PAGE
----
Structural weight is not your enemy
In most cases, a reusable SSTO loses some margin in what it can lift to orbit compared to a standard single-use rocket. Industry however knows of more powerful engine configurations that can eliminate loss of that margin. Thanks to modern advances, we can build our reusable SSTO.
We also argue that, if you think of the versatile vehicle – that keeps our crew alive and transports it to deep space and returns it from planetary surfaces – as the most important part of the payload to lift to orbit, than the rocket equation would suddenly make a lot more sense. The structural mass of an SSTO no longer is your enemy, it becomes your useful payload. You now can focus on making it more robust and durable in an iterative design cycle.
Versatility as your design philosophy
An SSTO to our design can function as a habitat, a temporary space station, an artificial gravity research station, a planetary lander and a planetary ascender for cargo and crew. Today these capabilities are spread out over a multitude of vehicles, specialised to the task but needing a separate rocket to lift them into orbit. Our vehicle combines all of those functions. It dedicates a larger portion of its mass to build in the required safety, durability margins and margins needed to safely support a crew while taking advantage of decades of advances in building light weight and thermally stable high performance space structures.
Once you get it into orbit, it still has enough internal volume to be outfitted with large inflatable volumes, science gear or any type of mission hardware needed. Commercial space is actually asking for more destinations to send their hardware or crew and the hardware of their clients to as the crew and payload opportunities on the International Space Station (ISS) are saturated.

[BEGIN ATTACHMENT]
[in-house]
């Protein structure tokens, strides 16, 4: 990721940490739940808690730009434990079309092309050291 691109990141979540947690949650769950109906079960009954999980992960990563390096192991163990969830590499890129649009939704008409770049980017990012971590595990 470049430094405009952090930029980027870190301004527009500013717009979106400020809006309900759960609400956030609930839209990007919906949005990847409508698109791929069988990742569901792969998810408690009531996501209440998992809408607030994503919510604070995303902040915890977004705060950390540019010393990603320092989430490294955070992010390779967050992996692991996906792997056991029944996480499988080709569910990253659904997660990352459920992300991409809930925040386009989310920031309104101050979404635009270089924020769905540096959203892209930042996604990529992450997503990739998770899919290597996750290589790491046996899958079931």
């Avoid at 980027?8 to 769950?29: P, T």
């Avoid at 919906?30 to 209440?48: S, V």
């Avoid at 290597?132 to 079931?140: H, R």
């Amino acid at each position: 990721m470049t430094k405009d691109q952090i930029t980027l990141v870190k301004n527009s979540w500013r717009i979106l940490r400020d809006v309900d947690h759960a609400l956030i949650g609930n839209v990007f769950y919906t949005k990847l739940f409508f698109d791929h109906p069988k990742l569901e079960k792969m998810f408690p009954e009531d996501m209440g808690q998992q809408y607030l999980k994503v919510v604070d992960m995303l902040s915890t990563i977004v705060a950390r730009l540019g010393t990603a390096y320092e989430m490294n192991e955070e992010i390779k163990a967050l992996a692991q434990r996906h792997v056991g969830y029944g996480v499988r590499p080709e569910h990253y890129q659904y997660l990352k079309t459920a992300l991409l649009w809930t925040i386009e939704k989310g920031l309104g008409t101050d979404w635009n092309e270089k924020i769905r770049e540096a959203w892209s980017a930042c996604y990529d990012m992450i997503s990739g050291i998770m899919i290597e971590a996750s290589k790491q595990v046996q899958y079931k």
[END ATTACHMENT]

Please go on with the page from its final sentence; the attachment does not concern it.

Micrometer thick films
We also need to thank miniaturization of bulky electronics, sensors, science packages, avionics, solar power systems and even some advanced propulsion systems, that has reduced very heavy support systems of the useful payload to mere micrometer thick films.
This allows us to shrink and even decimate the mass that used to be required for all these subsystems and their radiation shielding. And now, with the advent of the multi launch of cheaper small sats, we no longer need to orbit very heavy satellites, to deliver a cargo with the same profit margins. All these advances combined, we get the same capability in a lighter package or more capability added for the same structural mass.
A marriage of capabilities
We have finally reached the point where we no longer have to compromise between the capability that an SSTO would be able to lift, and the actual mass to orbit. And we have figured out how to do this with mere chemical propulsion.